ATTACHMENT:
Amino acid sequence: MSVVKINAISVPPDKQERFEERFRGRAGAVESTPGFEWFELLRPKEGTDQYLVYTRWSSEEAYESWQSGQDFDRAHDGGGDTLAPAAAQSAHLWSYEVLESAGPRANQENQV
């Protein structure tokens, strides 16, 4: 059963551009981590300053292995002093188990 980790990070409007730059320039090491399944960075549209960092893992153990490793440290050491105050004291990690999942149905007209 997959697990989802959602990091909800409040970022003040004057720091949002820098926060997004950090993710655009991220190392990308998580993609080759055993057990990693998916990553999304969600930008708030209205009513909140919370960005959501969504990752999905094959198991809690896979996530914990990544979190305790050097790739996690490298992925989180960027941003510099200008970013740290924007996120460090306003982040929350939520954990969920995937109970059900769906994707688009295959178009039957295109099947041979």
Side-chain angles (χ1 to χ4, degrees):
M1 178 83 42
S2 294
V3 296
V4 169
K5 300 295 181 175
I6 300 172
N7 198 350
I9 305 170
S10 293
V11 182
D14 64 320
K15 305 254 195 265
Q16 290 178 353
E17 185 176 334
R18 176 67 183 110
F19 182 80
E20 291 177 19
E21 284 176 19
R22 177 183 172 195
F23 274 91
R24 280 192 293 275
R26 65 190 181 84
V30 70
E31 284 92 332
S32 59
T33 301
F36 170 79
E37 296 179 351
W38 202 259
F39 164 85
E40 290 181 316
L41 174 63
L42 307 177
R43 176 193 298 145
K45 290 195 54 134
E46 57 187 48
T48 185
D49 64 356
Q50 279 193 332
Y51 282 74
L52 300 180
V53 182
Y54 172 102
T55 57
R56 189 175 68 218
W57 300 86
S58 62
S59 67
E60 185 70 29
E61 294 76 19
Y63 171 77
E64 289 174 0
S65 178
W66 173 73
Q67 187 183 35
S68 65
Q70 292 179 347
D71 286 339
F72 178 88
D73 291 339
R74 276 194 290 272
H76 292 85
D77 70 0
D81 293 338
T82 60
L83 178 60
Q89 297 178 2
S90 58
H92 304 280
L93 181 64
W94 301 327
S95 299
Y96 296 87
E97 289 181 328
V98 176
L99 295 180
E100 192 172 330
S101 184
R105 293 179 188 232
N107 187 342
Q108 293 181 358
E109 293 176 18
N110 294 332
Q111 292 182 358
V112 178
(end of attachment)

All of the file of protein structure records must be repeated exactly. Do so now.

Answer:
Amino acid sequence: MSVVKINAISVPPDKQERFEERFRGRAGAVESTPGFEWFELLRPKEGTDQYLVYTRWSSEEAYESWQSGQDFDRAHDGGGDTLAPAAAQSAHLWSYEVLESAGPRANQENQV
């Protein structure tokens, strides 16, 4: 059963551009981590300053292995002093188990 980790990070409007730059320039090491399944960075549209960092893992153990490793440290050491105050004291990690999942149905007209 997959697990989802959602990091909800409040970022003040004057720091949002820098926060997004950090993710655009991220190392990308998580993609080759055993057990990693998916990553999304969600930008708030209205009513909140919370960005959501969504990752999905094959198991809690896979996530914990990544979190305790050097790739996690490298992925989180960027941003510099200008970013740290924007996120460090306003982040929350939520954990969920995937109970059900769906994707688009295959178009039957295109099947041979």
Side-chain angles (χ1 to χ4, degrees):
M1 178 83 42
S2 294
V3 296
V4 169
K5 300 295 181 175
I6 300 172
N7 198 350
I9 305 170
S10 293
V11 182
D14 64 320
K15 305 254 195 265
Q16 290 178 353
E17 185 176 334
R18 176 67 183 110
F19 182 80
E20 291 177 19
E21 284 176 19
R22 177 183 172 195
F23 274 91
R24 280 192 293 275
R26 65 190 181 84
V30 70
E31 284 92 332
S32 59
T33 301
F36 170 79
E37 296 179 351
W38 202 259
F39 164 85
E40 290 181 316
L41 174 63
L42 307 177
R43 176 193 298 145
K45 290 195 54 134
E46 57 187 48
T48 185
D49 64 356
Q50 279 193 332
Y51 282 74
L52 300 180
V53 182
Y54 172 102
T55 57
R56 189 175 68 218
W57 300 86
S58 62
S59 67
E60 185 70 29
E61 294 76 19
Y63 171 77
E64 289 174 0
S65 178
W66 173 73
Q67 187 183 35
S68 65
Q70 292 179 347
D71 286 339
F72 178 88
D73 291 339
R74 276 194 290 272
H76 292 85
D77 70 0
D81 293 338
T82 60
L83 178 60
Q89 297 178 2
S90 58
H92 304 280
L93 181 64
W94 301 327
S95 299
Y96 296 87
E97 289 181 328
V98 176
L99 295 180
E100 192 172 330
S101 184
R105 293 179 188 232
N107 187 342
Q108 293 181 358
E109 293 176 18
N110 294 332
Q111 292 182 358
V112 178